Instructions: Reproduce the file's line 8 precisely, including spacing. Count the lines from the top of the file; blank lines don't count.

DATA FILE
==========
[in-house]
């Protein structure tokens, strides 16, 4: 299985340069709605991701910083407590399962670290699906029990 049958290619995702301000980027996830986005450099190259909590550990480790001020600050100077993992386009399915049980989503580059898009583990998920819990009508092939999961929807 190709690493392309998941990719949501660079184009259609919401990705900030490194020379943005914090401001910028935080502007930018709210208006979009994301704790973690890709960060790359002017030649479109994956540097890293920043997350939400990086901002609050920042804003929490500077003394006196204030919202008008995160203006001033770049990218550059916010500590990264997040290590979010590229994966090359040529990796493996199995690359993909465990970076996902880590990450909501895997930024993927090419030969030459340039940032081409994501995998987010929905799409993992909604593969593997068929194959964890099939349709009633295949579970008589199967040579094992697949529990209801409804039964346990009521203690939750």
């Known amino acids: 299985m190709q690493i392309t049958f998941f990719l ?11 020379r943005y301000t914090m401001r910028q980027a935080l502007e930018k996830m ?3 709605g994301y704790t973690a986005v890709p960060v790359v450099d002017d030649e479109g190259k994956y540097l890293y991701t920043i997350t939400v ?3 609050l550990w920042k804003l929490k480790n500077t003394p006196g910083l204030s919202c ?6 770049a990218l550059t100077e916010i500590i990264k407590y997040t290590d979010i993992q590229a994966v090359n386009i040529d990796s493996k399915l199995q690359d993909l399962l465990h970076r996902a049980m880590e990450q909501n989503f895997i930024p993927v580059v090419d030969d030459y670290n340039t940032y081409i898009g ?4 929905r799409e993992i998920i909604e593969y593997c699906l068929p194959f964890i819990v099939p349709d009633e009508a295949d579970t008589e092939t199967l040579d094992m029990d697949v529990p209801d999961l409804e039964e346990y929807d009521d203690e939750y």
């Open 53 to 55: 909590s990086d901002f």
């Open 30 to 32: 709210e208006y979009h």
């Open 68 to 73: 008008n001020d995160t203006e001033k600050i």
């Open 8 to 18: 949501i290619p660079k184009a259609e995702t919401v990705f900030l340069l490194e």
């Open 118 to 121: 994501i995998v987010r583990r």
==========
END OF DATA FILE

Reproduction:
């Open 118 to 121: 994501i995998v987010r583990r």